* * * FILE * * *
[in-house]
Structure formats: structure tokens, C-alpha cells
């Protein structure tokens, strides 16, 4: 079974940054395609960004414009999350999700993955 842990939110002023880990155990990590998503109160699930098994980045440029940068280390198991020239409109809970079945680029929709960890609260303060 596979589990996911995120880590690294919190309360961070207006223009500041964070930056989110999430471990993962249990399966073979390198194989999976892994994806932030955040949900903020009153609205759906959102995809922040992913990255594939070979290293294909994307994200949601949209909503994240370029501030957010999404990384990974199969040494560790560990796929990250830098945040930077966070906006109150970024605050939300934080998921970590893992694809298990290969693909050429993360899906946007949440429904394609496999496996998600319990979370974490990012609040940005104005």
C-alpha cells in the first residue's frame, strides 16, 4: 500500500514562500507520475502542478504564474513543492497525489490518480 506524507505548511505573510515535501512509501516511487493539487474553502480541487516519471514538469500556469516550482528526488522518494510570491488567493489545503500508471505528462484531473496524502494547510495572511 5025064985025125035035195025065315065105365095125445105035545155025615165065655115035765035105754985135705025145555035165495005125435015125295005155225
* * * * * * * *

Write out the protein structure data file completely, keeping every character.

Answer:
[in-house]
Structure formats: structure tokens, C-alpha cells
């Protein structure tokens, strides 16, 4: 079974940054395609960004414009999350999700993955 842990939110002023880990155990990590998503109160699930098994980045440029940068280390198991020239409109809970079945680029929709960890609260303060 596979589990996911995120880590690294919190309360961070207006223009500041964070930056989110999430471990993962249990399966073979390198194989999976892994994806932030955040949900903020009153609205759906959102995809922040992913990255594939070979290293294909994307994200949601949209909503994240370029501030957010999404990384990974199969040494560790560990796929990250830098945040930077966070906006109150970024605050939300934080998921970590893992694809298990290969693909050429993360899906946007949440429904394609496999496996998600319990979370974490990012609040940005104005």
C-alpha cells in the first residue's frame, strides 16, 4: 500500500514562500507520475502542478504564474513543492497525489490518480 506524507505548511505573510515535501512509501516511487493539487474553502480541487516519471514538469500556469516550482528526488522518494510570491488567493489545503500508471505528462484531473496524502494547510495572511 5025064985025125035035195025065315065105365095125445105035545155025615165065655115035765035105754985135705025145555035165495005125435015125295005155225